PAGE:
Steven Spielberg’s Lincoln is the kind of film that fully satisfies such lofty desires, and not because it’s a gassy, overwrought, sentimental spectacle with an obtrusive John Williams score. It’s actually none of those things, but rather a highly literate, and meticulously atmospheric portrait of a complex man and the rancorous political climate in which the final months of his presidency played out. More specifically, it's a terrific political thriller about Lincoln's quest to get the 13th amendment through Congress, thereby abolishing slavery in America forever before the Civil War ended and the returning Confederate states were able to overturn the Emancipation Proclamation. There's plenty of impassioned speechifying on the floor of Congress, with highly entertaining flourishes of 19th century rhetoric (screenwriter Tony Kushner adapted and embellished the actual words of the key Congressmen) and the incidental pleasures of playing Spot the Character Actor Behind that Facial Hair with James Spader, Michael Stuhlbarg, Hal Holbrook, Tim Blake Nelson, John Hawkes and Jackie Earle Haley in memorable supporting turns. Tommy Lee Jones probably has a Best Supporting Actor Oscar all tied up; his portrayal of radical abolitionist Thaddeus Stephens is shot through with the actor's own familiar gravitas and charisma.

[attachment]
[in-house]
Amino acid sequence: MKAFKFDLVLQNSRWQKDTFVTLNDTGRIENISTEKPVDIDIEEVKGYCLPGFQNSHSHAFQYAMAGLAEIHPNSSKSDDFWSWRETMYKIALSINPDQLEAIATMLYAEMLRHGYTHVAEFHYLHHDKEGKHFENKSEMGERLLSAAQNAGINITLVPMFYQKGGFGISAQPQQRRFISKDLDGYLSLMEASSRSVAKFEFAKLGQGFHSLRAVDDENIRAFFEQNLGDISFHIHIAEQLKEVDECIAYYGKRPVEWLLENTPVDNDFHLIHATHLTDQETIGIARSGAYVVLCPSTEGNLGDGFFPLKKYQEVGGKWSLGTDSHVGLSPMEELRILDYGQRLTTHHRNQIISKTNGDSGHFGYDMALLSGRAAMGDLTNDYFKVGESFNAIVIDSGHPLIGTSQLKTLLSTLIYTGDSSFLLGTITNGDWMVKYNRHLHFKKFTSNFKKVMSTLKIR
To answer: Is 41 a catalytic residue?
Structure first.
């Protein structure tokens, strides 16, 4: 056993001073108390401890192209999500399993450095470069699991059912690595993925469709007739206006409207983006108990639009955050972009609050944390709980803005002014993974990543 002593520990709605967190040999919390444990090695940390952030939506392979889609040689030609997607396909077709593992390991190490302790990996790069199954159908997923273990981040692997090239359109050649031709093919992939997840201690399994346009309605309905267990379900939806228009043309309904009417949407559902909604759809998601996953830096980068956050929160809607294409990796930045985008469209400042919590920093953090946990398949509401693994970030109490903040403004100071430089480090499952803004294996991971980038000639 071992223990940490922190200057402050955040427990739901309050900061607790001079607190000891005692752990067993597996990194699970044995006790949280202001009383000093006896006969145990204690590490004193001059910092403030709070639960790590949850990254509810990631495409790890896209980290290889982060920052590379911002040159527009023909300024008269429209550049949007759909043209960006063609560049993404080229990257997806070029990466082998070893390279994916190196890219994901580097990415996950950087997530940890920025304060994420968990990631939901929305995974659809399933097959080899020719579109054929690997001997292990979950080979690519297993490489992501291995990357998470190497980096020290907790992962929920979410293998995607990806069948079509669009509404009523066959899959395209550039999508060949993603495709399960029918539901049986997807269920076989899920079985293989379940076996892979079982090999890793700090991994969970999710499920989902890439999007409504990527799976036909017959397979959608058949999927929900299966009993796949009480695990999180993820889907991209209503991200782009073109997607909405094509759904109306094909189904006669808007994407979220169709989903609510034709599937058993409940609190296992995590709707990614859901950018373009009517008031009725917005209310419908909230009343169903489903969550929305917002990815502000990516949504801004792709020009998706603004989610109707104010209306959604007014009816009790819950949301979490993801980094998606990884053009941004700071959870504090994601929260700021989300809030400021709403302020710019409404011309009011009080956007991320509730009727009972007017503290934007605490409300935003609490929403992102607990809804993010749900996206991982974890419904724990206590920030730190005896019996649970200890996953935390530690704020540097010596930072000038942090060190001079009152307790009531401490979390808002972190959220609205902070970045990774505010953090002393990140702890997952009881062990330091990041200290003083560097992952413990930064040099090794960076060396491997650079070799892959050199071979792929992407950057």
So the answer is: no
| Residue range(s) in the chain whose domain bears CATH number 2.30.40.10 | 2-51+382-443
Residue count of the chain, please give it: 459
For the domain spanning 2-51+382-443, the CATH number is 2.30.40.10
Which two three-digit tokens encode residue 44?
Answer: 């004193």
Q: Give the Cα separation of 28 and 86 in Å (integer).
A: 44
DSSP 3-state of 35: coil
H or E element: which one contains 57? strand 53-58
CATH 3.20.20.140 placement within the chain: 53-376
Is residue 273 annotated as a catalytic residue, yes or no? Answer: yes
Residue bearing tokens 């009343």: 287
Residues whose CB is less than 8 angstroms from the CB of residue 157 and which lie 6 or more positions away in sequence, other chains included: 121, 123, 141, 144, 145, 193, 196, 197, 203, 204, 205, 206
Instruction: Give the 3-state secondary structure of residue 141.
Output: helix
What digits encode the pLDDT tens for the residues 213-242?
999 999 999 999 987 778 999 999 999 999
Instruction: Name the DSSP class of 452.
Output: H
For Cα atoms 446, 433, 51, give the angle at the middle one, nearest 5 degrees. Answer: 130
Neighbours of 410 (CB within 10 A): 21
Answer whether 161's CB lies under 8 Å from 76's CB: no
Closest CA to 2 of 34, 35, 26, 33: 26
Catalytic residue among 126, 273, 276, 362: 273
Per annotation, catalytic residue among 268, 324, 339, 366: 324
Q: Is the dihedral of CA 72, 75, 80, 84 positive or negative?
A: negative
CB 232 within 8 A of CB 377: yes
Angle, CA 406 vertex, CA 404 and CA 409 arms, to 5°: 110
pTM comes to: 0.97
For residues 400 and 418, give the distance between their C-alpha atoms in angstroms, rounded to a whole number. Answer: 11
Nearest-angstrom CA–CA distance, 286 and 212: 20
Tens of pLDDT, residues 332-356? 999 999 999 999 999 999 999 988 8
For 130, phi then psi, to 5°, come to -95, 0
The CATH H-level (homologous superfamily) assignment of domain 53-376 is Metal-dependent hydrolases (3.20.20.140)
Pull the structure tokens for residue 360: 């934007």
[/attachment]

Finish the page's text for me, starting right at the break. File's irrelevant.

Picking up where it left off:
But ultimately, of course, it's all about the man, Abraham Lincoln. That Daniel Day-Lewis is magnificent in the title role is not surprising in and of itself, yet I was unprepared for just how completely he rescues Lincoln from the folksy, railsplitting plaster sainthood of American legend. His Lincoln is equal parts prairie sage and shrewd political manipulator, impressively presidential and wearily melancholy in almost the same moment, exuding both integrity and vulnerability. It's a performance that manages both to affirm the legend of the man and allow us to peek behind the legend to see his sadness, his affection for his sons and his complicated feelings towards his difficult wife (Sally Field, who's effective but a good twenty years too old for the part.) In that respect, above all others, Lincoln feels like an exceptional achievement.